Rock ‘n’ roll can break barriers, comfort a nation, or really shake things up. It can also speak to and inspire teenagers in a way that other mediums can’t.
A group of Lorain County Early College High School students are getting an inclusive look at all aspects of rock ‘n’ roll – from visiting the Rock and Roll Hall of Fame, to learning the history of the genre and even creating their own music. It’s all happening under the direction and encouragement of ECHS teacher Mark Jaworksi – a science teacher who infuses music into his students’ lives whenever possible.
Jaworski recently used a study hall period to host a four-part “History of Rock ‘n’ Roll” series presented by Rock and Roll Hall of Fame docent Deborah Wentz. The journey through musical history covered blues, gospel, Motown, Elvis Presley and more. The program is a follow-up to the class’ visit to the Rock Hall earlier in the school year.
“Music is everywhere. It’s wonderful to help students connect the music they hear every day to the origins of the sounds and artists,” Wentz said.
Learning the deep roots of popular music was new for most students in the class, including Michael Hawthorne, 15, an ECHS student from Elyria.
“The diversity of music that came together to create rock ‘n’ roll was really interesting to find out,” Hawthorne said.
Uncovering where current music trends began was just part of the program. Students also learned how music can address and influence social issues. The popularity of rock music helped bring down barriers between races – both figuratively and literally – during the 1950s and 1960, Wentz said.
“There were ropes separating where white and black kids could dance at the concerts. As the music and dancing went on, the ropes would come down,” she explained.
The message made an impact with the students, including Leeana Boone, 14 an ECHS student from Grafton.
“Rock ‘n’ roll really helped with the crossing of gaps between races,” Boone said. “That’s not something I had thought much about before this class.”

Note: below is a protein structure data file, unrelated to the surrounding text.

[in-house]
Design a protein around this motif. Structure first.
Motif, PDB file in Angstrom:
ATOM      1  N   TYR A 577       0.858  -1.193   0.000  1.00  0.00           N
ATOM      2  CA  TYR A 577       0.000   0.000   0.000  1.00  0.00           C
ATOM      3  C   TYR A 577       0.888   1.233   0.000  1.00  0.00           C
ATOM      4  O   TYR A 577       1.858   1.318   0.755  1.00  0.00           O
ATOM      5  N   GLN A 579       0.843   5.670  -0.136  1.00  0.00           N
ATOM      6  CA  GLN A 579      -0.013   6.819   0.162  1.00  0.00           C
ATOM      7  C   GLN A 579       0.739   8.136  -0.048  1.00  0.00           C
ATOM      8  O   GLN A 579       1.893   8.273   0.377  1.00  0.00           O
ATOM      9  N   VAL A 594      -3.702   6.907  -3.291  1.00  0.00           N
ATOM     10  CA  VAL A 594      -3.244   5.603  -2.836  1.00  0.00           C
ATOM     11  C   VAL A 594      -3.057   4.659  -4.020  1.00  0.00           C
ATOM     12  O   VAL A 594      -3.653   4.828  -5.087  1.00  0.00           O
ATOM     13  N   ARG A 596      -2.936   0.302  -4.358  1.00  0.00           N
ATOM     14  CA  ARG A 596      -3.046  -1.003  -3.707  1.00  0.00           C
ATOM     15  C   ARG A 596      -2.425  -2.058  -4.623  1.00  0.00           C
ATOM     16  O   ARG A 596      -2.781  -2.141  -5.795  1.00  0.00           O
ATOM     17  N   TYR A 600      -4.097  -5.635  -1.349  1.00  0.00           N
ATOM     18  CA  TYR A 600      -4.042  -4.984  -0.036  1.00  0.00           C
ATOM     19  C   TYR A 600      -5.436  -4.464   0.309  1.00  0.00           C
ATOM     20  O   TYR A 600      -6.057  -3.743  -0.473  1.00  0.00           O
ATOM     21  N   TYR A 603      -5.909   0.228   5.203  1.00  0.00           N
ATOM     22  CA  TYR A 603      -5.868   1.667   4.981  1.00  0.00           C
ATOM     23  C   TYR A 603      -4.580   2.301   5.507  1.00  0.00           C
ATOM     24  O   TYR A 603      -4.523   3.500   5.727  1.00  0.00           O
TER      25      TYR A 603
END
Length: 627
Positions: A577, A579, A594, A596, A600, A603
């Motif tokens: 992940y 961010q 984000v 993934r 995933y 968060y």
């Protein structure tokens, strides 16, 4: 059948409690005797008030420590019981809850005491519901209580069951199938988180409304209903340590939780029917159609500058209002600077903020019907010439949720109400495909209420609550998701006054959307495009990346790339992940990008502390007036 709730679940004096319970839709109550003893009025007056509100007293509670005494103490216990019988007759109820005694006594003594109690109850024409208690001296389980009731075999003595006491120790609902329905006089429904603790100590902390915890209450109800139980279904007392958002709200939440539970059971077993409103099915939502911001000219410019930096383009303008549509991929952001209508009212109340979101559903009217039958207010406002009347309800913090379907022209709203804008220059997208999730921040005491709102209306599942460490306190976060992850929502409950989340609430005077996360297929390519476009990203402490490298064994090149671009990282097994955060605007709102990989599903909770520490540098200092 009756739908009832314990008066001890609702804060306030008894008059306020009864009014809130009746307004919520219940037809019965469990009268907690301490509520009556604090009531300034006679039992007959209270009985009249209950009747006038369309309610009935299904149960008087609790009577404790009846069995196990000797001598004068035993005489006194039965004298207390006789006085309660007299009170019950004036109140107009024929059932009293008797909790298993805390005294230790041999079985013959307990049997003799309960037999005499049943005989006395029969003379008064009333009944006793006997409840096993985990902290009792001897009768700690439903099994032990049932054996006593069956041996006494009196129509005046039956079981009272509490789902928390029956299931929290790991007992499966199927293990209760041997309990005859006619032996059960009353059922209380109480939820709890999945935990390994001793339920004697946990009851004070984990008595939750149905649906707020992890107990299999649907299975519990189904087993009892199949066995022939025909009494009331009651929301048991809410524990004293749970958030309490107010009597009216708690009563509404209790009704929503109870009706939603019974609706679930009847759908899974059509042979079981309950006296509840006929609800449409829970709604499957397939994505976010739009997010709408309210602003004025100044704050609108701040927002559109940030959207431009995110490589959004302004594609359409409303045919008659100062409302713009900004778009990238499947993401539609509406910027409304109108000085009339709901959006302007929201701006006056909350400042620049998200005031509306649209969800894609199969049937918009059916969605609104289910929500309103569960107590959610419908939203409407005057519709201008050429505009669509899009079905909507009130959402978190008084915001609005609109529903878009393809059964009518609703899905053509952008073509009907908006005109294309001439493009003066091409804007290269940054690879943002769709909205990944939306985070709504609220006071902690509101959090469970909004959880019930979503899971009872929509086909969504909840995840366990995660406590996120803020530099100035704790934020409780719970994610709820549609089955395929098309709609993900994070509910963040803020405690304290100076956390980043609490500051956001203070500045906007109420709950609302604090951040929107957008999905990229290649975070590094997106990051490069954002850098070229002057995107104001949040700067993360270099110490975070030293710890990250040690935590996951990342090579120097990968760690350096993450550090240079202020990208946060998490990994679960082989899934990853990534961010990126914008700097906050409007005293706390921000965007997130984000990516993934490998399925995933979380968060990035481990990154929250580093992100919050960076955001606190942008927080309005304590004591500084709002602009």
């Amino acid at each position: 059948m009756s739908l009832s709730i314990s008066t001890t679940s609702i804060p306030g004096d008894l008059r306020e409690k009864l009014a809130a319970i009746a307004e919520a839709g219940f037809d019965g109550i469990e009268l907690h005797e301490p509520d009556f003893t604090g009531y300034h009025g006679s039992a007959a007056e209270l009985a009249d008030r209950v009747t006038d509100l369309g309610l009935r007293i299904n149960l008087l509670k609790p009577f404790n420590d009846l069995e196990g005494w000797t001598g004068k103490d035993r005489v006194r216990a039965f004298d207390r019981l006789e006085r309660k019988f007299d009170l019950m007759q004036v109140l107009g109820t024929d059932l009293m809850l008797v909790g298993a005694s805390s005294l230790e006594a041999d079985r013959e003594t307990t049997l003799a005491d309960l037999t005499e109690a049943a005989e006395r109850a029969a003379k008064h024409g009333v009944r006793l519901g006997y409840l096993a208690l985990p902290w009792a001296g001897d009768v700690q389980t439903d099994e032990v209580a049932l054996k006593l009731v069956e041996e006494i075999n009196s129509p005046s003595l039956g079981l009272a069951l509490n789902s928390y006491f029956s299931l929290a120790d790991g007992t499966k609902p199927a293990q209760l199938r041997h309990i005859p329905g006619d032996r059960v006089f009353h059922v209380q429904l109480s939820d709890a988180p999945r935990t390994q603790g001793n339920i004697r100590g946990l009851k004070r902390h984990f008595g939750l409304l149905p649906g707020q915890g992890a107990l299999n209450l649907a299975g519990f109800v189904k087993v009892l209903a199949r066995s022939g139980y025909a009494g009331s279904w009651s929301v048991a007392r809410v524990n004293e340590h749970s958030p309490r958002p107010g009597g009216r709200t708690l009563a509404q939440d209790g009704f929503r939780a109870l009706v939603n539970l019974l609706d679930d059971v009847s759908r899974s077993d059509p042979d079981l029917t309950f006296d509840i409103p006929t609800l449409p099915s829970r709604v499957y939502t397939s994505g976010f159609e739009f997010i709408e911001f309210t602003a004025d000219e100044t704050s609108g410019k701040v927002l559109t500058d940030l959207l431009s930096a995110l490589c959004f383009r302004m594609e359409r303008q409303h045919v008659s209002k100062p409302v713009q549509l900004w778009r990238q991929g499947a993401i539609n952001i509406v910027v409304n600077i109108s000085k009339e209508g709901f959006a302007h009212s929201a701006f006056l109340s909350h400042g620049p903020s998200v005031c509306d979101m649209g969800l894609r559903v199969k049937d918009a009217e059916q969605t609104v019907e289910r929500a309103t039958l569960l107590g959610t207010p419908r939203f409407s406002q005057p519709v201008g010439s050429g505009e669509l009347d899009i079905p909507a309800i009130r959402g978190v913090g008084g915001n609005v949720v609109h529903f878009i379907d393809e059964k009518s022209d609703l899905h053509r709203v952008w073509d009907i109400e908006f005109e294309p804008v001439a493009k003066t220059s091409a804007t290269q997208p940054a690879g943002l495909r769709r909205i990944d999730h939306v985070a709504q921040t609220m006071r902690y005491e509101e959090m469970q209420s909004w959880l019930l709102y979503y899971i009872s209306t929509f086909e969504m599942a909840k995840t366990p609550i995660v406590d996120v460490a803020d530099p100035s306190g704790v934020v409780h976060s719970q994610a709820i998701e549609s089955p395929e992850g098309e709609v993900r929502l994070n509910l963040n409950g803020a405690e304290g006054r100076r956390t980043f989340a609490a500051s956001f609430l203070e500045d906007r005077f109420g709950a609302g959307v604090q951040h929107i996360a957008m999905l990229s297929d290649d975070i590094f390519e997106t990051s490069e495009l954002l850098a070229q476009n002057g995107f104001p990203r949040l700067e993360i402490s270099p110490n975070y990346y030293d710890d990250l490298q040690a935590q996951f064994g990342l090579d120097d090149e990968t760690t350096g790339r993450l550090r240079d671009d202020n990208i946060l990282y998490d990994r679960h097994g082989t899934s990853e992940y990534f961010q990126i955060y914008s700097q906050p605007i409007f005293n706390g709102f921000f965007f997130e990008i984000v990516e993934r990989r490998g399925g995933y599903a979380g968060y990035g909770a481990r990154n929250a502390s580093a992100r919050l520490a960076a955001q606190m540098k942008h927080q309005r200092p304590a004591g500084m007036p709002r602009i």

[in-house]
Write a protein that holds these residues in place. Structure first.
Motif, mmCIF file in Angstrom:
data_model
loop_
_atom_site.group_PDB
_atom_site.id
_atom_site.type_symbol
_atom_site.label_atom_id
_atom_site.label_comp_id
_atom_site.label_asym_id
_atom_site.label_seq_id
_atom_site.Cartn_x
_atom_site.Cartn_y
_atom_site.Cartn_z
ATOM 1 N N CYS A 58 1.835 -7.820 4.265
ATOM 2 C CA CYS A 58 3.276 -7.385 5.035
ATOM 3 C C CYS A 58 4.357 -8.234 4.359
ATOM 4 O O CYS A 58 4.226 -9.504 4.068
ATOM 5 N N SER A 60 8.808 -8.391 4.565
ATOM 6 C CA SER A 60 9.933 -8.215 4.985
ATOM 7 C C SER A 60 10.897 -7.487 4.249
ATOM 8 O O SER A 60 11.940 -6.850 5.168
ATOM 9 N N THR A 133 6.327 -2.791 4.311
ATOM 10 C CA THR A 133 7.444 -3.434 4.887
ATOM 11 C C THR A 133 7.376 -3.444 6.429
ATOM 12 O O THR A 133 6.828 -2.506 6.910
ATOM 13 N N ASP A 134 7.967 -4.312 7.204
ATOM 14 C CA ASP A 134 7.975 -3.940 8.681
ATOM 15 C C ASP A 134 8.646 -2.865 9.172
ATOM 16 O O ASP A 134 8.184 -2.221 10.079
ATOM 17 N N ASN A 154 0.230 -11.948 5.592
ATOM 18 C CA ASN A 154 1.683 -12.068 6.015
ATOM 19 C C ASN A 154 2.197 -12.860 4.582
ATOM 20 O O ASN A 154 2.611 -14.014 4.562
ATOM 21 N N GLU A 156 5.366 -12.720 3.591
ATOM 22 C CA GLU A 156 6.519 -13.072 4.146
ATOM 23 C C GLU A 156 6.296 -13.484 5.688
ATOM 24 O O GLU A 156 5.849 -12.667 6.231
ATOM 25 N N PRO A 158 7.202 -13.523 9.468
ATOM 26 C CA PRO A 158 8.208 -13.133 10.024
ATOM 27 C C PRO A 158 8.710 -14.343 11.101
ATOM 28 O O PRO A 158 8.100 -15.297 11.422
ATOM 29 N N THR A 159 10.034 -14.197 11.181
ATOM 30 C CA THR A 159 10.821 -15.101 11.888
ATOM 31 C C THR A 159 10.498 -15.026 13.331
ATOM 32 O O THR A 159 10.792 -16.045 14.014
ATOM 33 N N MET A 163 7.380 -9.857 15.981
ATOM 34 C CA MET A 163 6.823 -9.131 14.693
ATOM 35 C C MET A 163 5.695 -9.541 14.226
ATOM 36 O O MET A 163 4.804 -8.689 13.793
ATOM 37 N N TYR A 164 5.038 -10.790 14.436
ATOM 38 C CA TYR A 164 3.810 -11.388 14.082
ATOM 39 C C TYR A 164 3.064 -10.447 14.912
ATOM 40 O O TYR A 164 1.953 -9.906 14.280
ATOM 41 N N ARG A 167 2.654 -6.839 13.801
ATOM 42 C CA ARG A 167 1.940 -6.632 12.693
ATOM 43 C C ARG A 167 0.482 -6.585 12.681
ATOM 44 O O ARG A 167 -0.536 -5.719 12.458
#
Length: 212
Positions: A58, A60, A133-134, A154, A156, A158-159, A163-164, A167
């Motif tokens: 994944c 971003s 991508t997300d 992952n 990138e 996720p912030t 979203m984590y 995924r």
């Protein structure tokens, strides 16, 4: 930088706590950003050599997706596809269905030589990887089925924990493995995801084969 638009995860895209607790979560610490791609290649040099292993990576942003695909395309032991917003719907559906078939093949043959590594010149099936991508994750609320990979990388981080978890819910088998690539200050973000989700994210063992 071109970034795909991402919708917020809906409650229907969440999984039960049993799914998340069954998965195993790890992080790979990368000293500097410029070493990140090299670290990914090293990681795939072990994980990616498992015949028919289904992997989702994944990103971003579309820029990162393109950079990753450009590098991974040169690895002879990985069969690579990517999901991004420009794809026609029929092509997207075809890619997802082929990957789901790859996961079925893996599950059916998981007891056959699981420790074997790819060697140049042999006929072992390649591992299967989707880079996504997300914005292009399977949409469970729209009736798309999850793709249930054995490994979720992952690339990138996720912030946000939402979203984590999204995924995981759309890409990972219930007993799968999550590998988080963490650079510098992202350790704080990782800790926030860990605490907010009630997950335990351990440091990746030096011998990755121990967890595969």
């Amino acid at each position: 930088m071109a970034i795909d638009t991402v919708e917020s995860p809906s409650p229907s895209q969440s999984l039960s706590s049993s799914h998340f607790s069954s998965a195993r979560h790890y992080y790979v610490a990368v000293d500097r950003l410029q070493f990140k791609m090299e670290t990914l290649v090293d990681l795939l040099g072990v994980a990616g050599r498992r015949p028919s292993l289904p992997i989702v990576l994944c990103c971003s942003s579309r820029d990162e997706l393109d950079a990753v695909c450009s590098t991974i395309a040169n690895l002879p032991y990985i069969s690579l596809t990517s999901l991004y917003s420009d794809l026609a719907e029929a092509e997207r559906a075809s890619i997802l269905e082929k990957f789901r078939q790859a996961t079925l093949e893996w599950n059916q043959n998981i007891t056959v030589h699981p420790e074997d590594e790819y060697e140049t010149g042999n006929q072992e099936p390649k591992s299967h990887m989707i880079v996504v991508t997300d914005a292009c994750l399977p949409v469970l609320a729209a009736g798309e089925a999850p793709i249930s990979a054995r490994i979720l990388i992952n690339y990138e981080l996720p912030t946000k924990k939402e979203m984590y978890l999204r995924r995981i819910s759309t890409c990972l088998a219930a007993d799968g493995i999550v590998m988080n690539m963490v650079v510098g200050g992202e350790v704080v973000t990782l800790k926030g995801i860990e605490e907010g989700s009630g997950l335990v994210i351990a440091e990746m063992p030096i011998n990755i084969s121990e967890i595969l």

The popular music of the time helped address issues such as the civil rights movement, urban riots of the 1960s and even the Vietnam War. Music also adapted with technological advances of the times, she said.
ECHS student Gloria Lee, 15 from Elyria, said she learned a lot from the program, and even saw some of herself in the artists discussed in the class.
“I especially liked learning about Little Richard. He plays piano and so do I,” Lee said. “He was an African American male in the wrong time, but he made it his time.”
The history of rock program is important part of the extracurricular music experience that Jaworski develops for his students. An avid music aficionado with an exceptional love for Elvis, Jaworksi hosts an after-school program to teach students how to play guitar. He has been holding Rock Lab, as he calls, for eight years now. In 2009, he wrote a grant proposal and was awarded funding to pay for 15 guitars for the students to use.
“I was fortunate to take guitar lessons at an early age and it made a huge impact on my life. I’m thankful for the opportunity to share the love of music with the students,” he said. “Playing music teaches a skill, but it’s so much more than that. The students learn to believe in themselves and trust their creativity.”
The music lessons will go one step further when the Early College High School students will participate in a songwriting workshop with professional singer/songwriters Jonathan Kingham and Ryan Shea Smith in May. Songs written during the workshop will be performed during a concert on Friday, May 19 at Stocker Arts Center.
Lorain County Early College High School is a tuition-free, four-year combined high school and associate degree program for first generation college students located on the campus of Lorain County Community College. Applications are being accepted now for the 2017-2018 school year. Learn more at www.lorainccc.edu/earlycollege or by calling (440) 366-7689.